Although a jury recently reached a $10.5 million disability discrimination verdict against Norfolk Southern Railway, the company ended up with a final judgment of only $396,521 thanks to a federal law that limits the amount of damages that may be awarded.
Warren Whitted, a former Norfolk Southern road conductor, filed suit against the company in August 2013 alleging the company violated the Americans with Disabilities Act (“ADA”) by discriminating against him and refusing to accommodate him. Whitted alleged the company refused to accommodate his return to work following an accident, even though his doctor had given him a medical release. A federal jury agreed, awarding him $8 million in punitive damages and $2.5 million in emotional pain and mental anguish. The jury also awarded him over $96,000 in lost wages. The judge in the case, however, vacated the jury’s award the same day.
For intentional discrimination claims under Title VII and the ADA, a plaintiff may be entitled to recover compensatory and punitive damages, in addition to back pay and front pay. But the recovery for compensatory and punitive damages is not unlimited. A federal statute caps the combined value of compensatory and punitive damages recoverable under Title VII or the ADA based on the size of the employer. The four caps are:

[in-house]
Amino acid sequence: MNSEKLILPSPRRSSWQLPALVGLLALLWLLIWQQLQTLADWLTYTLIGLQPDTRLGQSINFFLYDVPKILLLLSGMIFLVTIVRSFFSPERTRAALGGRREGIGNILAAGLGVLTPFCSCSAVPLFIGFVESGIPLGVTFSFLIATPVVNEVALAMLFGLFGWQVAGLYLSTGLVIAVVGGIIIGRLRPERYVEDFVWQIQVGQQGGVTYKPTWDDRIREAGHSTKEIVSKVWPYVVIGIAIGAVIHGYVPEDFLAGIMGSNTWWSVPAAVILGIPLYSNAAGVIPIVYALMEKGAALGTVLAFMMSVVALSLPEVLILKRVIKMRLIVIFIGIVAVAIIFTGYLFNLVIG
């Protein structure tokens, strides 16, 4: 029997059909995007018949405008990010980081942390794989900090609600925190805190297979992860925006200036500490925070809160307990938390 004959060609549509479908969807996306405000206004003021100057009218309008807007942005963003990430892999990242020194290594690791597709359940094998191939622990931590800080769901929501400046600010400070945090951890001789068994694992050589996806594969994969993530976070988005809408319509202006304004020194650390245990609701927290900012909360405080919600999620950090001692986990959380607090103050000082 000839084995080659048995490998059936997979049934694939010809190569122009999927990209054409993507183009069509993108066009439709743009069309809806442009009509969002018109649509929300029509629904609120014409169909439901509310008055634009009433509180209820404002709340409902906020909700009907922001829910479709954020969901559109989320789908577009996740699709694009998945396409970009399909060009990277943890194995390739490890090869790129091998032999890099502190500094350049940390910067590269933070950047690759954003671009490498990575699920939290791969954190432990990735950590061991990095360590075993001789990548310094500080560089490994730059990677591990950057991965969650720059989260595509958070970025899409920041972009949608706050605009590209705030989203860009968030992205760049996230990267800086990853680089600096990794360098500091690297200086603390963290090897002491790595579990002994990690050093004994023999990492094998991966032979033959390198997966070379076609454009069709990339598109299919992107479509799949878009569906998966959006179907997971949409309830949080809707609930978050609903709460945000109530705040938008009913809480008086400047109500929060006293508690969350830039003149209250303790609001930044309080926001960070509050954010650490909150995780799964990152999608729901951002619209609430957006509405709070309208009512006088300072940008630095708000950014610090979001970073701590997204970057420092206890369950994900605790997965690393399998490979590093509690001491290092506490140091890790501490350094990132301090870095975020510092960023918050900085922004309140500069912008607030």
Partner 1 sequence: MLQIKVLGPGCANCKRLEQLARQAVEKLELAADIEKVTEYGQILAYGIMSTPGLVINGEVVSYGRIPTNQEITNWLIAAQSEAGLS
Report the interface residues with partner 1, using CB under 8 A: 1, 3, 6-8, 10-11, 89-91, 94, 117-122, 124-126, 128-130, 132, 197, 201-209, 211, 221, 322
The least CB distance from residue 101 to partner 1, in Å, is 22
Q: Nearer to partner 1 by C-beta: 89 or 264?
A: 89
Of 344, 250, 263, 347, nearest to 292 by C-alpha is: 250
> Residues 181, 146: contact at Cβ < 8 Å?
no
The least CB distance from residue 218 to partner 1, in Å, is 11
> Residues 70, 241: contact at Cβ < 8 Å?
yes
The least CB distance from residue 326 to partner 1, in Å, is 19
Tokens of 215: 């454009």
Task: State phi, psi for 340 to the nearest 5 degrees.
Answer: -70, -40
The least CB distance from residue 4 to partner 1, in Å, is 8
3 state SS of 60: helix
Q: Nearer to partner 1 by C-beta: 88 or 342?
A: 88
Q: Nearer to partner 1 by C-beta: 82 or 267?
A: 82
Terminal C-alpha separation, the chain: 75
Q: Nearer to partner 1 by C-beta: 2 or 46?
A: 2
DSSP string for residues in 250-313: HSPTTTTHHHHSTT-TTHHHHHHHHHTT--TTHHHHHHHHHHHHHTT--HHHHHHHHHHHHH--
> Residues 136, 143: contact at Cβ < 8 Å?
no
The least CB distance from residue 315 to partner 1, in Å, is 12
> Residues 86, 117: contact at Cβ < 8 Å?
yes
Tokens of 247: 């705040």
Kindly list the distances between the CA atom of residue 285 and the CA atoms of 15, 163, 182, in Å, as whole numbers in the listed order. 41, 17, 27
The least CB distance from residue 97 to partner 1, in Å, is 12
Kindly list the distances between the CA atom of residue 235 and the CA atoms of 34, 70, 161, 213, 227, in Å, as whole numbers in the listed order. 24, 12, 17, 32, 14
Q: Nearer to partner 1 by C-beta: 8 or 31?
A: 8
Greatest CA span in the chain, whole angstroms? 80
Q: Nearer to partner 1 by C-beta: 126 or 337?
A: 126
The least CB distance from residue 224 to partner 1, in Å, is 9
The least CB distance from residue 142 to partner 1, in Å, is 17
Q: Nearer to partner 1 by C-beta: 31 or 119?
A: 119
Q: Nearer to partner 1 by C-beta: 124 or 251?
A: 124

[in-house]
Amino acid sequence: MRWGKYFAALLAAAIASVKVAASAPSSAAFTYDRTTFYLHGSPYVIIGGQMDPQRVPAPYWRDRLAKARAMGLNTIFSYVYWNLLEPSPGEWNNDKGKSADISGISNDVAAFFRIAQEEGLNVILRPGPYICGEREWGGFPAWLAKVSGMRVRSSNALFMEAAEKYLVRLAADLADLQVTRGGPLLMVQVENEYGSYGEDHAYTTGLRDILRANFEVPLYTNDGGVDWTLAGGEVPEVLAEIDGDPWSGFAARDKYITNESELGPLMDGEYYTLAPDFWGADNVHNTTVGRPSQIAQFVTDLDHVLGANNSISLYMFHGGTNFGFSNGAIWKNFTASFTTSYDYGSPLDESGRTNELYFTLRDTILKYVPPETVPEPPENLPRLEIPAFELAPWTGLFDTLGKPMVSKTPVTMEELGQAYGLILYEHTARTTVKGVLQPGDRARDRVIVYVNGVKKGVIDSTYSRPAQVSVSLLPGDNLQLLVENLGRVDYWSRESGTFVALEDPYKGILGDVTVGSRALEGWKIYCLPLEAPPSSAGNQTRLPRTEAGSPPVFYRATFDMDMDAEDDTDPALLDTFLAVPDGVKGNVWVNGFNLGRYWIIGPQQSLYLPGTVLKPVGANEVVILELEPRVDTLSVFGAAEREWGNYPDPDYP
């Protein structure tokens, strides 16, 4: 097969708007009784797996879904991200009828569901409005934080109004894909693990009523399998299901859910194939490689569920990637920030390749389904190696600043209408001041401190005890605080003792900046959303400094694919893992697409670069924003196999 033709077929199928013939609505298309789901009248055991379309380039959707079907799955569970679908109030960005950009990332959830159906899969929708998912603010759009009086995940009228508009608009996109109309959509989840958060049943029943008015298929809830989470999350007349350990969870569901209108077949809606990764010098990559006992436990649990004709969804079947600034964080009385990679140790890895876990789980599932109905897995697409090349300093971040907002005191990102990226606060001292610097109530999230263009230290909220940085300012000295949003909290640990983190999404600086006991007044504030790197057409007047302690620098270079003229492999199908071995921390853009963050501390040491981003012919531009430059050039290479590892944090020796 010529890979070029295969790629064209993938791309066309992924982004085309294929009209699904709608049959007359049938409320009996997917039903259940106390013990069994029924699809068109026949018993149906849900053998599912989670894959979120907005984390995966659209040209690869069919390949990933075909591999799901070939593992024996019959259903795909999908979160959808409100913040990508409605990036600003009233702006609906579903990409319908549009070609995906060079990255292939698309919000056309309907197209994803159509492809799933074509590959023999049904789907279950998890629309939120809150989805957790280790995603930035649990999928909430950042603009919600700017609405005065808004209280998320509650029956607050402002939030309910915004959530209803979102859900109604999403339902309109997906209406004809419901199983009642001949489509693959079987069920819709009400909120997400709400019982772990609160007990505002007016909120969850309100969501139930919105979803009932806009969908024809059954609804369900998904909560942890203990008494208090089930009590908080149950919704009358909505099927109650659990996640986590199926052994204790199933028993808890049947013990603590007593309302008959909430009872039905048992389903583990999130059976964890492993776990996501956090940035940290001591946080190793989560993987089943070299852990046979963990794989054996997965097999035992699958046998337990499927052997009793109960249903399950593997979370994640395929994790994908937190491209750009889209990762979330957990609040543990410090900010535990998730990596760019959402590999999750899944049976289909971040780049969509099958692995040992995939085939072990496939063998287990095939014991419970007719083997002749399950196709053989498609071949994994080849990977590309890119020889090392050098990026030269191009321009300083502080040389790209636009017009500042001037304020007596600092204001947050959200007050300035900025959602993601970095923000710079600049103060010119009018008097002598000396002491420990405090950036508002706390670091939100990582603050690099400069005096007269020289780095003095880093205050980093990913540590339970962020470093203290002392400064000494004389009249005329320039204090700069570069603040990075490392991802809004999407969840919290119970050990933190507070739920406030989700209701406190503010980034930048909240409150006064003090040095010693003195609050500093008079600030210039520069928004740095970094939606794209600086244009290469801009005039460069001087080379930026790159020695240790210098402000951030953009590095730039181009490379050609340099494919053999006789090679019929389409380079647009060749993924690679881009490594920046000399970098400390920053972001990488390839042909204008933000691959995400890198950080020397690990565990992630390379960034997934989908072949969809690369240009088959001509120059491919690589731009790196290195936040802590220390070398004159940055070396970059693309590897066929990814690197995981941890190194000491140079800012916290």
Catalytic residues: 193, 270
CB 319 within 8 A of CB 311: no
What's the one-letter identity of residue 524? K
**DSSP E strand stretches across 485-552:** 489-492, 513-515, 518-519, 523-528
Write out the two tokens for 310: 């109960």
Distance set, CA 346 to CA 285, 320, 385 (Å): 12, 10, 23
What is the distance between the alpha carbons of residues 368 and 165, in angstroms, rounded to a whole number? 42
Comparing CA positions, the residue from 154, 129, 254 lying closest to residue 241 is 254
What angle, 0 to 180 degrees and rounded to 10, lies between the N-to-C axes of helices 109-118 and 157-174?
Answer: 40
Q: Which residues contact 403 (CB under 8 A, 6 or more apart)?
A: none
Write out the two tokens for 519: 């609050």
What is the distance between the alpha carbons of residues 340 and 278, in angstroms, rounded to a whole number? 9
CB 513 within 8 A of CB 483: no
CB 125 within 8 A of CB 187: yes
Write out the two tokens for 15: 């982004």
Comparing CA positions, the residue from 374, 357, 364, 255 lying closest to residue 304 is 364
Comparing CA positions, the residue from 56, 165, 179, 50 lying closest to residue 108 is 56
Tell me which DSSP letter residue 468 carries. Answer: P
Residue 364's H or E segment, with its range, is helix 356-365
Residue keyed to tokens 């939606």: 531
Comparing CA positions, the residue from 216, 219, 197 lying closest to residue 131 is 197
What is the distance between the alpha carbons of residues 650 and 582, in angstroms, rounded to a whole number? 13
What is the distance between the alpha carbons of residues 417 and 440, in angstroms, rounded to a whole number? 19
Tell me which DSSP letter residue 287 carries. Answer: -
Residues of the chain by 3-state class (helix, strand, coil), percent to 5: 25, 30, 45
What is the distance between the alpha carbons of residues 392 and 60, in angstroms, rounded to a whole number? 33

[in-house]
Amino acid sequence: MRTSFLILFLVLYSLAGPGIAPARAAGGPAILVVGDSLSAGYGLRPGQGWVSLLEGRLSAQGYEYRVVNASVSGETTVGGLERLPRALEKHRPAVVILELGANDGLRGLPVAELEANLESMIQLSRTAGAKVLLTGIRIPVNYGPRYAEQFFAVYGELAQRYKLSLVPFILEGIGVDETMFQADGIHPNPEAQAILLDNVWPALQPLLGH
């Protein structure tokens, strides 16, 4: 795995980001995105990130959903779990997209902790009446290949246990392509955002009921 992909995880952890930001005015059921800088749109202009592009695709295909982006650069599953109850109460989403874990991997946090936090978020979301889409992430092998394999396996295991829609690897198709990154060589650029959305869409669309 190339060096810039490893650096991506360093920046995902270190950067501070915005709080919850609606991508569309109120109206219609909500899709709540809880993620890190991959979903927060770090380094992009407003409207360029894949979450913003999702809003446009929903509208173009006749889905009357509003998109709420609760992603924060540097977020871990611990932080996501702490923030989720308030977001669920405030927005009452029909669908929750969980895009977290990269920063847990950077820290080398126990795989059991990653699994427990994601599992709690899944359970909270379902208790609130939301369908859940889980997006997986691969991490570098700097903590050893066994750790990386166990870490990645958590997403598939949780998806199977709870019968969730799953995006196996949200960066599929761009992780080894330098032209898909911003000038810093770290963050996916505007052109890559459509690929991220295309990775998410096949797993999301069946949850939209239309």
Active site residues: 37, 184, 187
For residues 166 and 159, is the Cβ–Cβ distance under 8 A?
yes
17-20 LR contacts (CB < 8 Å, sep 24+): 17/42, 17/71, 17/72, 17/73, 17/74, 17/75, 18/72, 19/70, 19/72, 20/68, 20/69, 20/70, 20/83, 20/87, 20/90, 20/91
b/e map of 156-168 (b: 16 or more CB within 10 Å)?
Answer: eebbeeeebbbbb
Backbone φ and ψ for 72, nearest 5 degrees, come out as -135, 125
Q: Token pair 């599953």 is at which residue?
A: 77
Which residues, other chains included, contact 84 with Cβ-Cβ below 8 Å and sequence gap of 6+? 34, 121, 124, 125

- $50,000 for employers with 15-100 employees;
- $100,000 for employers with 101-200 employees;
- $200,000 for employers with 201-500 employees; and
- $300,000 for employers with 501 or more employees.
The damage caps are applied to each aggrieved party (each plaintiff) in a case. In other words, in a case with 3 plaintiffs, the $300,000 cap will apply 3 times and the employer-defendant may be required to pay a total of $900,000 in compensatory and punitive damages.
These statutory caps have saved companies, like Norfolk Southern, from far more substantial jury verdicts in Title VII and ADA discrimination cases. After the judge in the Norfolk Southern case vacated the jury’s award, the parties stipulated that punitive and compensatory damages equaled $300,000, plus the $96,500 in lost wages. Although Norfolk Southern was still on the hook for almost $400,000, this was a far cry from the $10.5 million awarded by the jury.
The case is Whitted v. Norfolk Southern Railway Company, Inc., Case No. 2:13-cv-01550 (N.D. Alabama).
 42 U.S.C. § 1981a(b).